I have in mind a fairly detailed set of policy ideas that fit into the package I’d label “ideal climate policy response.” I also have in mind changes I’d accept to this package that would correspond to “second-best”, “third-best”, “fourth-best” policies, and so on down the line. And at this point, we’re well down the line. But you have to start somewhere.
To me, the straightforward, revenue-neutral carbon tax seems like something no reasonable person would oppose, but of course plenty of people do oppose it, so my judgment of what is likely to be politically workable and what isn’t is clearly somewhat suspect. Even so, I venture — who could oppose this:
A petroleum tax of $5 per barrel on every barrel of petroleum produced in America or imported, which would be put into place next year and increased by (my preference) $5 per barrel every year.
Point 1: Everyone seems to hate imported oil, and by now we should have a pretty good sense of the risks of domestically produced oil, as well. This stuff is bad news for everyone, so why not tax it until we don’t need to use it anymore?
Point 2: $5 per barrel is a change most Americans wouldn’t notice. Since the beginning of June, the market price of crude has moved up and down by $5 a barrel multiple times. If consumers haven’t been troubled by these market movements, they shouldn’t be troubled by the tax increase.
Point 3: Adding $5 per barrel per year to the tax wouldn’t be that big a deal. A decade from now, the tax would be $50 per barrel. But oil prices now are about $50 higher per barrel than they were a decade ago. The difference would be that rather than having that increase go to oil producers, it could go to the Treasury to be redistributed, to reduce other taxes, to fund alternative transportation infrastructure, or to reduce the deficit.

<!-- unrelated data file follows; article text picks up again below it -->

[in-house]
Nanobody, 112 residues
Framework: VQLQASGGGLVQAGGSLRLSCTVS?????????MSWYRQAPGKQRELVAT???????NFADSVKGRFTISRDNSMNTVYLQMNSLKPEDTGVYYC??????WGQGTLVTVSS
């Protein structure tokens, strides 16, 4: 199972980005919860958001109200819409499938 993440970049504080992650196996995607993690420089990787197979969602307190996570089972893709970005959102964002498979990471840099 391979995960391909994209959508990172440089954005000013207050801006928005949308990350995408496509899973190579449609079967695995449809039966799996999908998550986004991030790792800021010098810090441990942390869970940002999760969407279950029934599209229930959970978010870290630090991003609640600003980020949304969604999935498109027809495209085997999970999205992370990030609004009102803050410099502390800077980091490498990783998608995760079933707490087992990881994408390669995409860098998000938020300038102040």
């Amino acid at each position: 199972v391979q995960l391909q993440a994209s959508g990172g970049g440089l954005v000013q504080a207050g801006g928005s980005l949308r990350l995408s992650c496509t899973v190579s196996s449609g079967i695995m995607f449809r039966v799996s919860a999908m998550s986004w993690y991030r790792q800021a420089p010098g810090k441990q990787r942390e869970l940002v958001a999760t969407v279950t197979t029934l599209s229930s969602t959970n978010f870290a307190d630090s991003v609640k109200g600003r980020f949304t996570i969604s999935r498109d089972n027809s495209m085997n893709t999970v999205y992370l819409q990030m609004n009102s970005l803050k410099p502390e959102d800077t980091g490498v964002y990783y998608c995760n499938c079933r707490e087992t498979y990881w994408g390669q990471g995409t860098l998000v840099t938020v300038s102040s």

Point 4: The revenue would be pretty substantial. Assuming fairly inelastic demand, the tax would generate nearly $37 billion in its first year (Americans consume roughly 20 million barrels of oil a day). With no demand response, the revenue generated would be ten times that in ten years, or equal to about a third of the projected deficit for that year. In all likelihood, there would be a substantial demand response by that time, which would reduce the revenue take. But that would be great! We’d be using less oil.
That initial $37 billion, by the way, would make up about half the DOT budget. It would very nearly pay for California’s high-speed rail network — the whole thing, with one year’s revenue.
Point 5: Many wonderful things would result from the tax, including reduced emissions (of CO2 and other pollutants), reduced risk of spills, reduced imports and trade deficit, increased investment in efficient automobiles, increased use of transit, increased private investment in transit-oriented development, increased biking and walking, and so on.
Point 6: It’s simple. Have you obtained a barrel of oil out of the ground or from a foreign source? Then you owe $5 in federal tax!
Point 7: No one would have to utter the words “gas tax”.
The downside would be…well reduced profit for oil companies, private and state-owned. A small bite out of household budgets, but on the order of what’s likely to happen from market moves anyway (and which can easily be offset through partial use of revenues to reduce tax burdens).
Sometimes I lie in bed awake, wondering why things like this don’t pass through Congress at light-speed. I mean, I understand the forces that oppose it. I just don’t get why common sense isn’t enough to overcome that opposition.